That the ordinary witness should be paid more than the nominal dollar — i.e., should be fully indemnified for sacrificing his day’s livelihood in order to perform his testimonial duty — is a plausible assertion. The argument against it, that the total cost of reimbursing highly paid citizens would be prohibitive, gives no real answer, for the state is bound to supply the necessities of justice however expensive. The best answer is that the testimonial duty, like other civic duties, is to be performed without pay, the sacrifice being an inherent burden of citizenship. Neither for military service nor for public office can the citizen claim that he shall be paid on a scale which will bear any equable proportion to the loss of his livelihood’s income. Any other principle would be worthy only of a purely mercenary community. If the sacrifice made is a real one, the dignity of the service rendered should ennoble it. The sense of civic duty done must be the consolation.

Wigmore on Evidence, vol. 8 at 136. [Emphasis added.]

[48]         If there are sound policy reasons for departing from that tradition and the present regime, it is in my view for the legislature and not the judiciary to effect that change.

[49]         In summary, I am of the view that the payment of an attendance fee to expert fact witnesses beyond the fee prescribed in Schedule 3 is not a disbursement recoverable from the opposing party. I would therefore dismiss the appeals, with thanks to all counsel for their able and thorough submissions.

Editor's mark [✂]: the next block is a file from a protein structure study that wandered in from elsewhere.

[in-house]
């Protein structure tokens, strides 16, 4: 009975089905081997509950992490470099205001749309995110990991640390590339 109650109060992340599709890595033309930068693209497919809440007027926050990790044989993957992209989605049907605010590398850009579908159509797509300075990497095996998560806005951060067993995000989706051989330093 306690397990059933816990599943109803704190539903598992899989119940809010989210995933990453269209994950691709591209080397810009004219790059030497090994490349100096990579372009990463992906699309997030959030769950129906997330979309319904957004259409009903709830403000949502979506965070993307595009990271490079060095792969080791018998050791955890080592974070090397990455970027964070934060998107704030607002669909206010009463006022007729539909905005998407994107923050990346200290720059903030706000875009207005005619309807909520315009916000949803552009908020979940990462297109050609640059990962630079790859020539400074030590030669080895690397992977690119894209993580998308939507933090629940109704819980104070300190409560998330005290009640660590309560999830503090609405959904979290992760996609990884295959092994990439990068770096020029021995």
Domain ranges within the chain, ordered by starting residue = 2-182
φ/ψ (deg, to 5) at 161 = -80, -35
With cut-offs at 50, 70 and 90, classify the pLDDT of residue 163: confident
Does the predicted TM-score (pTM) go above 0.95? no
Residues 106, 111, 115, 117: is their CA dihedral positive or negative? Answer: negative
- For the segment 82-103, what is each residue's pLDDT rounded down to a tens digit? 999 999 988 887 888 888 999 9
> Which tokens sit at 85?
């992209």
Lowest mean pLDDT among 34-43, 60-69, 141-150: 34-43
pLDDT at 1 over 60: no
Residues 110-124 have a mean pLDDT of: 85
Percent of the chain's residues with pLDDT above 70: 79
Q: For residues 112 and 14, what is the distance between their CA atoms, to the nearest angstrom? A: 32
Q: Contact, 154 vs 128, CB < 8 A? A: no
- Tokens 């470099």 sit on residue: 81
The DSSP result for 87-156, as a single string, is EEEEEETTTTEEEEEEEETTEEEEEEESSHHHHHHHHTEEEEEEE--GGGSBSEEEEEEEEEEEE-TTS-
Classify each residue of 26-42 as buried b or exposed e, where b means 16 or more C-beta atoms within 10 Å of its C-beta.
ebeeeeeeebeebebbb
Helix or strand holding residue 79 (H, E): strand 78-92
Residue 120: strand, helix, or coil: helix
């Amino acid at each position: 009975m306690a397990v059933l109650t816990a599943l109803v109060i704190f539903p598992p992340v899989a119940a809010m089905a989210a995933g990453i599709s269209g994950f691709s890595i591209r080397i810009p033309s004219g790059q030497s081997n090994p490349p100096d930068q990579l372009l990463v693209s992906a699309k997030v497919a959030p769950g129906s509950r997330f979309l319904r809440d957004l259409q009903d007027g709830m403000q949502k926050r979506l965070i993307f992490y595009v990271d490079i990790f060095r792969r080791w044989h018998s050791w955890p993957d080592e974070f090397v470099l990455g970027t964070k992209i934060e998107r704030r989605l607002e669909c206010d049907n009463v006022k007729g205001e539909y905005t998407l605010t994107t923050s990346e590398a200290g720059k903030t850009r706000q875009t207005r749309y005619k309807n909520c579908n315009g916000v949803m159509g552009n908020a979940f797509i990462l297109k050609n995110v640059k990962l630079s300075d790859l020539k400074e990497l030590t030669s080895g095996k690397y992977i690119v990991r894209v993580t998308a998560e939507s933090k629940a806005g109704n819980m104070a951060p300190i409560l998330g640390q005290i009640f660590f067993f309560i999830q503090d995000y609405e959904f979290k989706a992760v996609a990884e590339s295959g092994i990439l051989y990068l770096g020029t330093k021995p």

Inspire Sports Victoria Opens Doors to BC’s Biggest Gymnastics Facility

August 6th, 2018

Inspire Sports Victoria Logo

Apologies for this off-topic post but I am proud to announce that a project I have been involved with has reached completion.

Inspire Sports Victoria, BC’s largest and newest gymnastics facility, has opened its doors in Greater Victoria!  We had a great open house this weekend.  Thank you to everyone who came by!

We couldn’t be prouder of our team for their efforts in hosting an amazing open house or more grateful to everyone from greater Victoria who took the time to come through our doors!

With the open house complete our final flooring will be installed and final equipment assembled in the coming days.  Thank you everyone who helped make the dream of bringing a world class recreational and competitive gymnastics facility to Victoria a reality!  See you all at the gym this week!

I want to thank Cleve Dheensaw of the Victoria Times Colonist for this excellent article announcing our opening.

Inspire Sports Victoria caters to physical literacy for all, from entry level recreational classes to competitive training for elite athletes.

Our website can be found here and you can also follow us on Facebook and Instagram!